This photograph (immediately above) is interesting, and a bit of a mystery. If you look carefully you can see that the yachts inner forestay pierces the bottom of the little orange dinghy. Also to the left of the inner fore stay there is a circular hole in the bottom of the dinghy.
The logical answer is that you put your hand through the big hole to release the shackle or whatever device is holding the inner fore stay. Of course launching the dinghy and plugging up two holes in the bottom in the event of an emergency could be problematic.
One solution would be to do away with the inner fore stay and add some forward lowers on both sides of the boat in front of the cap shrouds or have two inner fore stays each which are fastened well out towards the sheer of the boat so as to accommodate the dinghy. This arrangement would certainly assist an emergency dinghy launching.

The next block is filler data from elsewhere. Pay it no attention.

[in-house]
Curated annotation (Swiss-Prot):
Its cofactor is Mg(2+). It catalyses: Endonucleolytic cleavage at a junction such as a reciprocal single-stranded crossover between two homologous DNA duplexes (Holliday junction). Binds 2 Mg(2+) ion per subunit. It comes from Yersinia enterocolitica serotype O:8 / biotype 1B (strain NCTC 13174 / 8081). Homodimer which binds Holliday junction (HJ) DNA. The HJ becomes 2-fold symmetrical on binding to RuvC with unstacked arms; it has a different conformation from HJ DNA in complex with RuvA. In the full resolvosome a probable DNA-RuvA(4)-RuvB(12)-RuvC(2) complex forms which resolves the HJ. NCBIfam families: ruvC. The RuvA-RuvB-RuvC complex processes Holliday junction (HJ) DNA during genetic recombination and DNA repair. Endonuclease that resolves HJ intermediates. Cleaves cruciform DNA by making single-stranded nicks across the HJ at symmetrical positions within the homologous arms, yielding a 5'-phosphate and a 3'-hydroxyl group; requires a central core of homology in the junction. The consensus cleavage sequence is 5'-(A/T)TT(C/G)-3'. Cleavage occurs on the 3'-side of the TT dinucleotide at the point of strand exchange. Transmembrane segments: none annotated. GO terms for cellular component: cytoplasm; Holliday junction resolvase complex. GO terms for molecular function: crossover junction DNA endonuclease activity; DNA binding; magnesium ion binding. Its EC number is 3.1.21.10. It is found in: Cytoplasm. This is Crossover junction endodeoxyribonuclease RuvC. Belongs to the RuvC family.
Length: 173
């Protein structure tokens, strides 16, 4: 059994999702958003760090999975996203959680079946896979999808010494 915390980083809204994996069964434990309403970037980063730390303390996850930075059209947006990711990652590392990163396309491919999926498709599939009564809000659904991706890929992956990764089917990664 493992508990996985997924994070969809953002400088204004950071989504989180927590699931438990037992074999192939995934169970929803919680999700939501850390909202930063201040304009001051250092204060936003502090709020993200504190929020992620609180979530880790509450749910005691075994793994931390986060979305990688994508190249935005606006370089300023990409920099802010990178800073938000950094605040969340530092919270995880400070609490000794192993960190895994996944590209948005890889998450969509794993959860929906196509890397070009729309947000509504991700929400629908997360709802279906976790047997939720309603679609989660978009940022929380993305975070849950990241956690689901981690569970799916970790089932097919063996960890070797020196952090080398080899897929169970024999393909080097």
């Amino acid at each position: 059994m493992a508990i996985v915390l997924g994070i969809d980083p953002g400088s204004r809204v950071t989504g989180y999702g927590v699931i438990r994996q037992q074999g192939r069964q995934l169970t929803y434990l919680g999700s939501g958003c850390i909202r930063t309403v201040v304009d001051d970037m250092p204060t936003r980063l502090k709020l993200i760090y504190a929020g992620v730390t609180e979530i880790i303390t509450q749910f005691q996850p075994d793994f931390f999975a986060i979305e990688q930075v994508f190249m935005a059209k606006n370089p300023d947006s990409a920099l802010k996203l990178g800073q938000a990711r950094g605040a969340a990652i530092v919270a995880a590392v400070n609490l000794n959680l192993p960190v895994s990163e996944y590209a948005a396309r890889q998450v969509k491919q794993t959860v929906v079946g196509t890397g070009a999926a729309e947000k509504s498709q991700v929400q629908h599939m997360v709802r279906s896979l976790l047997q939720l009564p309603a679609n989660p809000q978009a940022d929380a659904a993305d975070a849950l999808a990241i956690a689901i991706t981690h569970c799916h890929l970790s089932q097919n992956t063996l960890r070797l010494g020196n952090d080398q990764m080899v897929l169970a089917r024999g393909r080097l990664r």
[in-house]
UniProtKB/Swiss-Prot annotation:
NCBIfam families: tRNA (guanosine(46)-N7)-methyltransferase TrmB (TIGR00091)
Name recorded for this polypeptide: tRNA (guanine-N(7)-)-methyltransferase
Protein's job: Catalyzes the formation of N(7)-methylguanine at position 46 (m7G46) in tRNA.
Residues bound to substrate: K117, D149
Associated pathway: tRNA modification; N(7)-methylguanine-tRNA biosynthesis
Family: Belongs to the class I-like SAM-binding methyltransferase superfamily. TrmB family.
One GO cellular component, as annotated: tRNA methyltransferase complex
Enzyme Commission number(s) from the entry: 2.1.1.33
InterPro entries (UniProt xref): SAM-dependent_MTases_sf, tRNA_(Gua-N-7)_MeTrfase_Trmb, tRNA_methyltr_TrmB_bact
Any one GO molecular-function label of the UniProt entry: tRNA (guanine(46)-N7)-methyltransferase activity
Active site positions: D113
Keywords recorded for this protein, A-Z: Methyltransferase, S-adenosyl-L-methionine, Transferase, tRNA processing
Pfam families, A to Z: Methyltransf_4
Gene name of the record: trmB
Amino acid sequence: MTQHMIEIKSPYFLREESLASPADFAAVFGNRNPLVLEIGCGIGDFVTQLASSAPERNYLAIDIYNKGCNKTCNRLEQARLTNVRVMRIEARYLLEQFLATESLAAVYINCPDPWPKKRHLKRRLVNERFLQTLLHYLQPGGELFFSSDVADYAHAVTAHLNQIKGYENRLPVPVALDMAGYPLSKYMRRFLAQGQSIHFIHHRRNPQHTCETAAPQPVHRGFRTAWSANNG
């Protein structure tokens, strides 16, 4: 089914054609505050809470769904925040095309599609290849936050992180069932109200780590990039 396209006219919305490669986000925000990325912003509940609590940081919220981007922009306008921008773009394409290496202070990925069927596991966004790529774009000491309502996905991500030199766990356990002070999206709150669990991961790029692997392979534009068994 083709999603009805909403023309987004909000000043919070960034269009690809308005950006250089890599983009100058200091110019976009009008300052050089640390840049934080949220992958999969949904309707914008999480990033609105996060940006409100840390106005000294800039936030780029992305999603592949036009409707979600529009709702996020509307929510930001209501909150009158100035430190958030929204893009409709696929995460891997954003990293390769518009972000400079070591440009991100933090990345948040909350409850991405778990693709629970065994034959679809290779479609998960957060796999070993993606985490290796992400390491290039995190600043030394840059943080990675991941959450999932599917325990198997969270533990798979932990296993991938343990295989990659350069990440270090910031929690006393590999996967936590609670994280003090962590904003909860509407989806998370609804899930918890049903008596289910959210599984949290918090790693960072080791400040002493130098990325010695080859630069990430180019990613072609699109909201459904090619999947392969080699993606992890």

Andrew Fagan writes with an interesting and amusing writing style as he describes the trials of "sail changing in high seas and howling gales, sea sickness, soggy food and saltwater madness". He finds unique satisfaction, even ecstasy, in being alone on the ocean, testing his mental and physical mettle against the elements - great stuff!